Just a few years earlier, the Bell Telephone Labs had been converted to first-of-its-kind publicly-subsidized artists housing and studios now known as Westbeth, to the designs of a young, virtually unknown architect named Richard Meier. The pioneering adaptive reuse as residences was made possible by the trains of the High Line no longer needing to run through this complex to the south, though the disused High Line rail-bed remains embedded in Westbeth to this day. After their respective openings in 1970 and 1974, Westbeth and the West Village Houses helped turn the Greenwich Village waterfront from a fading industrial center to a thriving residential community.
Soon after in 1980, the last train delivering holiday turkeys ran on the High Line, signaling a new phase in the neighborhood’s evolution. By 1991, another stretch of the High Line, from Westbeth north of Bank Street to Gansevoort Street, where the High Line now terminates, was also dismantled. The planning for these blocks, as well as the ones formerly occupied by the High Line south of Morton Street and the West Village Houses, was not nearly so utopian as for West Village Houses or Westbeth. There, market-rate developments, such as One Morton Square and 99 Jane Street, became among the most expensive in the neighborhood, attracting stars like the Olsen Twins and James Gandolfini. These expensive high-rises sprung up all around West Village Houses and Westbeth, which had seen the neighborhood through the tough times of the 1970s and ’80s. So dramatically did this area transform during this time that in 2006 the owners of West Village Houses opted to leave the affordable housing program which had subsidized it. Residents organized to save the affordability of their homes, but only temporarily; that deal will run out in 2018.
By the late 1990s, there was a movement afoot to demolish the High Line in Chelsea as well. However a group led by local residents Robert Hammond and Joshua David fought to instead save the structure and turn it into a park in sky, inspired by the Promenade plantée in Paris. They succeeded in convincing the City to do so, but at a price. The preservation and conversion of the High Line to a park was tied by the City to a plan to upzone the surrounding blocks for luxury housing development, spurring their transformation from a low-key industrial backwater to a glittering, ultra-high-end residential district. While affordable housing was promised as part of the plan, little materialized due to the city’s zoning scheme which required new developments to pay into a fund towards the High Line’s conversion before any benefit went to housing. In the end, little did, and what was once a manufacturing district surrounded by low-income housing projects and modestly-priced housing became one of the most expensive and exclusive precincts in the city, with more new residential development than any other district in the five boroughs.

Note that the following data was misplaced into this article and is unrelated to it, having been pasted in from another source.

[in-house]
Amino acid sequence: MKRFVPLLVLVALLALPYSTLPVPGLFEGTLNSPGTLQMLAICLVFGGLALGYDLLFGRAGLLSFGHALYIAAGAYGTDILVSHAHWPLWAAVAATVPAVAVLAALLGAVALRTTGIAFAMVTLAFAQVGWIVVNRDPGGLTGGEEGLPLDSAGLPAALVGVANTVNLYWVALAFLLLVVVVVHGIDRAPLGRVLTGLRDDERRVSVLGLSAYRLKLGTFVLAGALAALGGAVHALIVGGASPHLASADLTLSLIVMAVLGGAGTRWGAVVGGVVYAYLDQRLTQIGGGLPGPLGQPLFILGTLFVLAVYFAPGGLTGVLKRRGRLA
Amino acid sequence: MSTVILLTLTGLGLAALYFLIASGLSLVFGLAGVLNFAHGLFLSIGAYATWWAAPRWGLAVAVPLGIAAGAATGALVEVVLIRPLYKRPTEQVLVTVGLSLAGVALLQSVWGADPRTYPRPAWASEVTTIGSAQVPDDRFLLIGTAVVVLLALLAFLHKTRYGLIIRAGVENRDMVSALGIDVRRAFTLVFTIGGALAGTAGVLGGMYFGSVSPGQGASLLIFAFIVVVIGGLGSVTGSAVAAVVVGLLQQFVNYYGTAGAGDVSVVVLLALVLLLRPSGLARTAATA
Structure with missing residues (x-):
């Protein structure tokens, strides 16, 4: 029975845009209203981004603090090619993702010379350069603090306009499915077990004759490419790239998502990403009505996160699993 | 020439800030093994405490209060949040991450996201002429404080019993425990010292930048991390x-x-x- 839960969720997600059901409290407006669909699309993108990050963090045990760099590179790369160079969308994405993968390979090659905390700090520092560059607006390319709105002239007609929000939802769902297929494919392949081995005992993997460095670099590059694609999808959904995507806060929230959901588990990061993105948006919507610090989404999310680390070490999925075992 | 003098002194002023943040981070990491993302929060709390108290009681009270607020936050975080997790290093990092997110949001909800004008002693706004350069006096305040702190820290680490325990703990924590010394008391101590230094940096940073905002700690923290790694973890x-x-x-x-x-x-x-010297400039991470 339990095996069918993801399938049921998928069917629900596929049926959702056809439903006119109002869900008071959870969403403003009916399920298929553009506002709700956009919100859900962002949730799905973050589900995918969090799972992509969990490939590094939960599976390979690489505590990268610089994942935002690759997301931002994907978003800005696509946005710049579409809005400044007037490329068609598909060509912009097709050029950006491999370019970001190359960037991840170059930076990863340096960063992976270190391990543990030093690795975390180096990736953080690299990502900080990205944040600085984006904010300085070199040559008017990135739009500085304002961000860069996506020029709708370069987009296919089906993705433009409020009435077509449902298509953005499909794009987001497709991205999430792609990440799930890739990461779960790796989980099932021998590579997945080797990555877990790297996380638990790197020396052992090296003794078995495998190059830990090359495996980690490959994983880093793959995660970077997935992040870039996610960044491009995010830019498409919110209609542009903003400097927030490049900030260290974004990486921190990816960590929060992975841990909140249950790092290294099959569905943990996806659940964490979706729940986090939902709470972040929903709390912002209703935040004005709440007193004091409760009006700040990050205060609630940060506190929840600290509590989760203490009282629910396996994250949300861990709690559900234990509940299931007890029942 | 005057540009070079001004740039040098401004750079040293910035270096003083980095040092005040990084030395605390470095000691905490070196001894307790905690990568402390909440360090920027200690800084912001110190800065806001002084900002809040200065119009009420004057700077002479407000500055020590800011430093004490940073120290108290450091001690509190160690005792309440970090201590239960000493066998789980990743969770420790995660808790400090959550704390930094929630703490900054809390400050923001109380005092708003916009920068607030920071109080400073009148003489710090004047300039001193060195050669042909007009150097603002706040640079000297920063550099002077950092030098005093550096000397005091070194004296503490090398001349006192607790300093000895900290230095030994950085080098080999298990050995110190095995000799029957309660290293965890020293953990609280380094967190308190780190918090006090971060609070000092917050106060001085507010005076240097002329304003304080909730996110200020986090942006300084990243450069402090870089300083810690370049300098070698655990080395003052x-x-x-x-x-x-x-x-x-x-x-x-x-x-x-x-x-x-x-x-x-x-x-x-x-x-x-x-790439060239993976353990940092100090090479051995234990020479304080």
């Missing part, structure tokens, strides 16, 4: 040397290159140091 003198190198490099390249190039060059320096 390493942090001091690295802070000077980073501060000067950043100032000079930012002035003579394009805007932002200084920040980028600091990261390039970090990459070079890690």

In its relatively brief life, the High Line went from miraculous pedestrian safety and transportation technology improvement, to outdated looming blight, to impetus for the creation of pioneering affordable housing, to transformative public space, to unprecedented catalyst for the creation of vast quantities of luxury housing. This one simple rail line delivered a lot more than just turkeys to the West Side of Manhattan.
This article was originally published in 6sqft.